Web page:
But one of the biggest issues has been uncertainty over how to craft messages that many people simply don’t want to hear. 

‘A big difficulty is trying to manage people’s irrational fear with their rational fear,’ said one Minister. 

‘Take the mixed messaging with pubs and restaurants. Yes, we knew it was ridiculous to be seen to be telling people not to go to them while simultaneously letting them stay open.

‘But what’s been happening is that every time we’ve come out with a hard line there’s been a spike in panic buying. So we’ve had to proceed very carefully with all this.’

But the problem is that excessive caution has resulted in excessive confusion. And if that confusion doesn’t end, it’s going to start costing lives.

Up to now the Government has just about managed to get away with it. Outside of the Twitter ghetto, the PM’s unflappable style remains popular.

A recent poll found 49 per cent of the country believe Ministers are doing a good job of managing the crisis, with only 35 per cent responding negatively. Boris personally gets a similar thumbs-up.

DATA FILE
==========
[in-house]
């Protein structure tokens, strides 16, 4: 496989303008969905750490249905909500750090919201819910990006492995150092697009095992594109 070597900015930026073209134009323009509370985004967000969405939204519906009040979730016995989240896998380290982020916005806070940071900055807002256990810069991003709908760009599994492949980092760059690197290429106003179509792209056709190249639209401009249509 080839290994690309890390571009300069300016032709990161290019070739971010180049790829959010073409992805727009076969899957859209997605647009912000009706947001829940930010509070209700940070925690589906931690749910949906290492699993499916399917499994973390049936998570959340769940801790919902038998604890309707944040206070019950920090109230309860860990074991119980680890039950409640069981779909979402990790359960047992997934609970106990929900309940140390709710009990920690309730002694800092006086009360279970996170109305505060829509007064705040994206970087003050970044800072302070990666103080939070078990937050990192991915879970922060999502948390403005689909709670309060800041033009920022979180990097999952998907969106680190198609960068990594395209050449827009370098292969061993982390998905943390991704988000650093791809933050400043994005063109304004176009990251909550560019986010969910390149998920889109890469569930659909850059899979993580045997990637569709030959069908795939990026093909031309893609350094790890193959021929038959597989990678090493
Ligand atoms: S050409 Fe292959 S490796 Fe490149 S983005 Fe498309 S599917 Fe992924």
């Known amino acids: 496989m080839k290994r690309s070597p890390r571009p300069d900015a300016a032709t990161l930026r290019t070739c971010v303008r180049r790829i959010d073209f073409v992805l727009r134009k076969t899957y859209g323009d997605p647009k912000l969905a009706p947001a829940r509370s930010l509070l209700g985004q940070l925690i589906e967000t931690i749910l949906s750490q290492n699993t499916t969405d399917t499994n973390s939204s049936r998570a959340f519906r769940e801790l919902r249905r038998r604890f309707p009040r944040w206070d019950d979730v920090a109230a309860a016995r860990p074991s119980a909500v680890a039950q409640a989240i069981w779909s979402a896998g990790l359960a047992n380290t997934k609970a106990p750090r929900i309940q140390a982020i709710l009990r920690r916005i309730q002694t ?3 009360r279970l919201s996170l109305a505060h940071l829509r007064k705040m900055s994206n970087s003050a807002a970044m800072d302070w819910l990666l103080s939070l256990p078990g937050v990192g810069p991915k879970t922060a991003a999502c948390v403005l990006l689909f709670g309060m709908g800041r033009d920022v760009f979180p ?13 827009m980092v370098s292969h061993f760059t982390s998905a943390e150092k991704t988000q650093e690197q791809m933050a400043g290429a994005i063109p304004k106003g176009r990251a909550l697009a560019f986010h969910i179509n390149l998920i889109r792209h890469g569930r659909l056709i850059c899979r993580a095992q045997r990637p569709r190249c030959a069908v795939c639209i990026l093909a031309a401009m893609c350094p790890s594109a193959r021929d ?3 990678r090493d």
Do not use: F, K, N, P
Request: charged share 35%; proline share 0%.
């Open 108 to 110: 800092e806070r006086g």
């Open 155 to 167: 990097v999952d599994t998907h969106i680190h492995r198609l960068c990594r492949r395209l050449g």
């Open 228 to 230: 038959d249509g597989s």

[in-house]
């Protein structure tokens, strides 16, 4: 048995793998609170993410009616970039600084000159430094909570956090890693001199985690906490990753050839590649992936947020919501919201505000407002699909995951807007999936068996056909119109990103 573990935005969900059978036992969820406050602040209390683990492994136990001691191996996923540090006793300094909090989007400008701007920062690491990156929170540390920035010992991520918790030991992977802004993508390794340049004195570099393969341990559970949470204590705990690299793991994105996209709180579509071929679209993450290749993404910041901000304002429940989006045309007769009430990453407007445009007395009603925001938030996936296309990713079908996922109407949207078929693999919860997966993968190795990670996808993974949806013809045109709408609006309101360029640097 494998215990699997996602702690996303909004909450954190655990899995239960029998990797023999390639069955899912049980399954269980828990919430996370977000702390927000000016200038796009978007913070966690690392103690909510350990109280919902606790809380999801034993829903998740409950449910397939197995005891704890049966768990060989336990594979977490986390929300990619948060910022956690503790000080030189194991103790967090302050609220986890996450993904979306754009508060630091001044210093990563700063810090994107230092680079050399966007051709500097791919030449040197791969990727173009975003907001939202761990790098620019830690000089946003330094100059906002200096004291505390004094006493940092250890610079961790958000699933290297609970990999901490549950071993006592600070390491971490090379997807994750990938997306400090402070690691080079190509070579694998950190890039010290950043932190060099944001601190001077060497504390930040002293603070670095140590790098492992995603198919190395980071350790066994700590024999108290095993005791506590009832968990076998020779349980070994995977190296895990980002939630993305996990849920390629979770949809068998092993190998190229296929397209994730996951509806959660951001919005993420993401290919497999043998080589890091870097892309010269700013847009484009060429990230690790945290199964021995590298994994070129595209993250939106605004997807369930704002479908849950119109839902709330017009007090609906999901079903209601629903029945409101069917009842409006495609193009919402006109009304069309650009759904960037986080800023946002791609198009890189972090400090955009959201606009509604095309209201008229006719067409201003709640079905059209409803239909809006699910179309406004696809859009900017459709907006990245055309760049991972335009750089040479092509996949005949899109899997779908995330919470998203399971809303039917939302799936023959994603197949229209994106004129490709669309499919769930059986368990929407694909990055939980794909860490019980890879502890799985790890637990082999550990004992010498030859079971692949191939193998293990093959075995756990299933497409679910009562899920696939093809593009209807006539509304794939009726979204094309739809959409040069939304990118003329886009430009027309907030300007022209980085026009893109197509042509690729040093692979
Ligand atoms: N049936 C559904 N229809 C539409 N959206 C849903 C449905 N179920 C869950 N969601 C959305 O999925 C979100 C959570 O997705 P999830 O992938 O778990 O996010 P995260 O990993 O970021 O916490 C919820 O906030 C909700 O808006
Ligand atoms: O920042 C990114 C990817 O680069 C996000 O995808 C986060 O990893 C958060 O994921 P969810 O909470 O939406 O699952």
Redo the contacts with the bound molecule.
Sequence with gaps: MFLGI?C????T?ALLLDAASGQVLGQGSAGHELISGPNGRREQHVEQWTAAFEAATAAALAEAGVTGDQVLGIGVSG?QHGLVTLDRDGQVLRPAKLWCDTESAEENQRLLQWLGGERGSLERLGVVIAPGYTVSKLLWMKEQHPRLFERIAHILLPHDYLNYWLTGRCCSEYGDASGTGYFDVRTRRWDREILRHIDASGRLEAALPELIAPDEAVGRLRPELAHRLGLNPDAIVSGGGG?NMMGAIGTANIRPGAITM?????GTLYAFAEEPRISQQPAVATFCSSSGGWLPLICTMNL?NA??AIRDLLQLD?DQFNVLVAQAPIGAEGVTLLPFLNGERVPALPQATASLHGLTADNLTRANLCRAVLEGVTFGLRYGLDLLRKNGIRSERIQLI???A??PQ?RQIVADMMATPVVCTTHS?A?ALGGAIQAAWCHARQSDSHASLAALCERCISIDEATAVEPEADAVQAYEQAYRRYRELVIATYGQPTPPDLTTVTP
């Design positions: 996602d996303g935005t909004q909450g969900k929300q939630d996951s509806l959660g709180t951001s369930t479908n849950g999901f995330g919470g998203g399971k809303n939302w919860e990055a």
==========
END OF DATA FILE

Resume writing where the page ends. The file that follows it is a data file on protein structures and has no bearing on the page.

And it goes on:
But there are warning signs. In London, which is currently bearing the brunt of the virus’s onslaught, support for Boris’s handling slumps from 47 per cent to 34 per cent.

The expectation within Government is that the infection rate and death toll are about to get a lot worse before the suppression measures start to take hold.

And there are increasing doubts about the public’s willingness to put up with an extended period of enforced confinement.

In the next few weeks the picture will darken. The NHS and other services will be placed under immense strain. As will the resilience of the British people, and the confidence they have in their Government and its strategy.

They need to be able to put their faith in what they are being told by Boris and his Ministers. But over the past seven days there has been precious little evidence that faith will be repaid.

The chaos and confusion of the past week has to end. And it has to end now.

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Written by Angle News